Fintech and intellectual property?

Fintech companies must also be actively protected. An intellectual property strategy for the development and deployment of FinTech will overlay intellectual property rights to protect different aspects of FinTech.

Fintech and intellectual property?

Fintech companies must also be actively protected. An intellectual property strategy for the development and deployment of FinTech will overlay intellectual property rights to protect different aspects of FinTech. Companies can clearly define and protect their intellectual property with records and documentation. Clear agreements on intellectual property rights should be established between third parties.

Fintech companies are strongly encouraged to invest in the reputation of their brands, as they guarantee a high quality of customer service. A strong trademark allows Fintech companies to differentiate their products from those of their competitors. Considering that Fintech companies often manage crucial financial assets, a recognizable brand (brand) can be particularly important to their customers. In the competitive world of FinTech, it is essential to develop an effective intellectual property (IP) strategy right from the start.

We have developed the Hogan Lovells IP FinTech Guide to help you with key questions regarding this essential consideration in the UK. There are four main issues that need to be considered when developing an effective intellectual property strategy for FinTech. Identify and protect your relevant IP, exploit the value of anything you believe, prevent infringement of third party rights and challenge infringement by third parties. The adoption of innovations reduces barriers to entry into the market by traditional operators, such as tech giants and startups, and increases their bargaining power as new substitute financial service providers, so secured intellectual property rights (“IPR”) serve to strengthen the position and bargaining power by ensuring the inventive characteristics of their products and providing them with a legal monopoly to exploit them.

Financial institutions and technology companies in the FinTech space can sometimes compete and form alliances at other times. Not all FinTech innovations may be eligible for patent protection, as this would depend on the nature of the innovation and the specific patentability requirements in the countries where protection is sought. It is important that owners of FinTech innovation maintain the confidentiality of their innovations until a patent application is prepared and filed with a patent office that establishes a priority right for the invention. In addition, since fintech systems must be able to interact with other third party fintech systems, broader agreements may be required to allow interoperability.

In cases where FinTech companies are preparing patent applications covering their latest innovations, a detailed review of guidance and case law is required. In fact, large institutions may be making significant investments, improving or replacing legacy technology systems with new FinTech innovations ranging from payments, blockchain, lending, regulation, compliance and auditing. A financial institution should consider early in the development stage whether its fintech will carry the brand and who will face that brand. Intellectual property disputes related to FinTech can occur in several contexts, including intellectual property disputes, intellectual property infringement and contractual disputes in the framework of development, licensing and marketing of FinTech products.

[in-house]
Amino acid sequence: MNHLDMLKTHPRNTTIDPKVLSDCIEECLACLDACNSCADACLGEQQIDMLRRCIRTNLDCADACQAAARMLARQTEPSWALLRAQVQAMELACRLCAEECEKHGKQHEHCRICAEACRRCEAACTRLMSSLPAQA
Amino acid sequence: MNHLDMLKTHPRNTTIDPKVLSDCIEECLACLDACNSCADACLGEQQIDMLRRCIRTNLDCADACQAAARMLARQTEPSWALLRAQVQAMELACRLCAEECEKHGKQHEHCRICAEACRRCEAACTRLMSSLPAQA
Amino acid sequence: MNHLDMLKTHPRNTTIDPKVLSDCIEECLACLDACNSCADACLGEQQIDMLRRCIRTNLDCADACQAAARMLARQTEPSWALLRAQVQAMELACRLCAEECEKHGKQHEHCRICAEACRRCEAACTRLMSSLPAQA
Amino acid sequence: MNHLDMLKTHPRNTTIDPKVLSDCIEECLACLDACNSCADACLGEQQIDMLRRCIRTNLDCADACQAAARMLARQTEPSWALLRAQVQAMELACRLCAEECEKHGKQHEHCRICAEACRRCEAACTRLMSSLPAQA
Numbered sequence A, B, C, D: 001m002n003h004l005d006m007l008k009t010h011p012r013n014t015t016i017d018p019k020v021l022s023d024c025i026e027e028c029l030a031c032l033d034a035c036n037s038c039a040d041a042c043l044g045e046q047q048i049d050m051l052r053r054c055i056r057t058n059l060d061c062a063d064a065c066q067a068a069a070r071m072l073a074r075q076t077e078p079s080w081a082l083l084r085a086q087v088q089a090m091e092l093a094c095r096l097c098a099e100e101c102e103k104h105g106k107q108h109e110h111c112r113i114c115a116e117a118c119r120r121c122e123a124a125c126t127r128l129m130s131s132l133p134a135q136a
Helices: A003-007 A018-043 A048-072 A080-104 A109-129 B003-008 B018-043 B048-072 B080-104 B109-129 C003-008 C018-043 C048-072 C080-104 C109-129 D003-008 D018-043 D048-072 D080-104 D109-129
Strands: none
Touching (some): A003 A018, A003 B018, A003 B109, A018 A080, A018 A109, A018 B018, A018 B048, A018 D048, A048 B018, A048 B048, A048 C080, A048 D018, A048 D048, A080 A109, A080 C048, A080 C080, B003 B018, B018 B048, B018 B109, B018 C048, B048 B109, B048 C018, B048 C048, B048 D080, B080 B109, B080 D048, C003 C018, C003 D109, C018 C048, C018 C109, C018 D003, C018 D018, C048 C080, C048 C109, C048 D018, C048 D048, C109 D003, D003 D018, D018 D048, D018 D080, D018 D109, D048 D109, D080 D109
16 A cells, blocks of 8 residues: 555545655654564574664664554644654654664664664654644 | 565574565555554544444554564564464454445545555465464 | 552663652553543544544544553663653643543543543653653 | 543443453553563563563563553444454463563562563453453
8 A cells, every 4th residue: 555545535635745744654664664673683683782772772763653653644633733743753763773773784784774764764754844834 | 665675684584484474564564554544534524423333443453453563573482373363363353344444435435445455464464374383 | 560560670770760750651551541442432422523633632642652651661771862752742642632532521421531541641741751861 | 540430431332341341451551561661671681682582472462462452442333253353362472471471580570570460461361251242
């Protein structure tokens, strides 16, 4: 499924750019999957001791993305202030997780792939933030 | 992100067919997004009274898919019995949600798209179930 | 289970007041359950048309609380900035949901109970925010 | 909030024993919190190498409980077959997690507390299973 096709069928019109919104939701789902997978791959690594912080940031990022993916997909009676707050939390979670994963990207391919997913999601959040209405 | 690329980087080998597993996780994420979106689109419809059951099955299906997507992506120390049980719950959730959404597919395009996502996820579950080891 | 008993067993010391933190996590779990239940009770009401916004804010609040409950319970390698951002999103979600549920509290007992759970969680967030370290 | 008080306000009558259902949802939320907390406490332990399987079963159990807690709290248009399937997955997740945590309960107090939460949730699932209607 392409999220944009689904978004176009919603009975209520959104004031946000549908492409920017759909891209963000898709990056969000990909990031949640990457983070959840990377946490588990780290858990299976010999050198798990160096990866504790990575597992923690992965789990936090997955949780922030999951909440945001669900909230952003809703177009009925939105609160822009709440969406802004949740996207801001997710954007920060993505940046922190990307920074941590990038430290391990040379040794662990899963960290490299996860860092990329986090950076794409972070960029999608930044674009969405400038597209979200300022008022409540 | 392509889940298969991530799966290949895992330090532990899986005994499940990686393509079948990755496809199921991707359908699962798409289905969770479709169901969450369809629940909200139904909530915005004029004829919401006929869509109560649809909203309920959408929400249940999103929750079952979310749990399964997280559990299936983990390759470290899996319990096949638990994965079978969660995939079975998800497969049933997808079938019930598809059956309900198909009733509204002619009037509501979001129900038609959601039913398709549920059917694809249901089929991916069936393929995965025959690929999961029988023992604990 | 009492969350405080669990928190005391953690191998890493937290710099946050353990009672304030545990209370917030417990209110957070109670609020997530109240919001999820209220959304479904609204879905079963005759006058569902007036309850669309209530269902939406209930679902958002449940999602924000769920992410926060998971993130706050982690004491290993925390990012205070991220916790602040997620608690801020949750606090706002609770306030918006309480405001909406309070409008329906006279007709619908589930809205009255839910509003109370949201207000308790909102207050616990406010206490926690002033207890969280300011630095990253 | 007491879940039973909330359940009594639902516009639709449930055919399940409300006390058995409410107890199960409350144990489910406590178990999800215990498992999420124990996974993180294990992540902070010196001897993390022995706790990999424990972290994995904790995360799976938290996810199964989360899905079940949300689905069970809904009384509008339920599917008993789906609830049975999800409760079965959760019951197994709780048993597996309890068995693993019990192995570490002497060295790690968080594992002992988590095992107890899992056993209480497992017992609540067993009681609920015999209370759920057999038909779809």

Since FinTech companies are often managers of important financial assets and documentation, a reputable brand can be of utmost importance to customers. The application of these criteria and their threshold varies from country to country, making some countries more friendly to the patentability of FinTech innovations than others. In FinTech innovations, inventions are largely related to computer-implemented processes, which revolve around technical actions executed by a computer, as well as related systems and devices configured to execute computer-implemented processes. Companies in the Fintech sector must provide adequate protection for the work of programmers, since they can inadvertently and without permission use third-party source codes in their work, which can have an adverse effect on technology ownership and the organization's freedom of operation.

The protection of trade secrets can pose some complexity for joint collaborations with other entities and the integration of protected information into other Fintech innovations, since the exchange of such information can be critical or risky for the legal rights owner. Laws regarding the eligibility of innovations related to software and financial processes have been constantly changing over the past decade, and there has been a shift towards more friendly regimes that favor the patentability of FinTech innovations (i.e., in the United States, which has been more conservative over the years previous). . .

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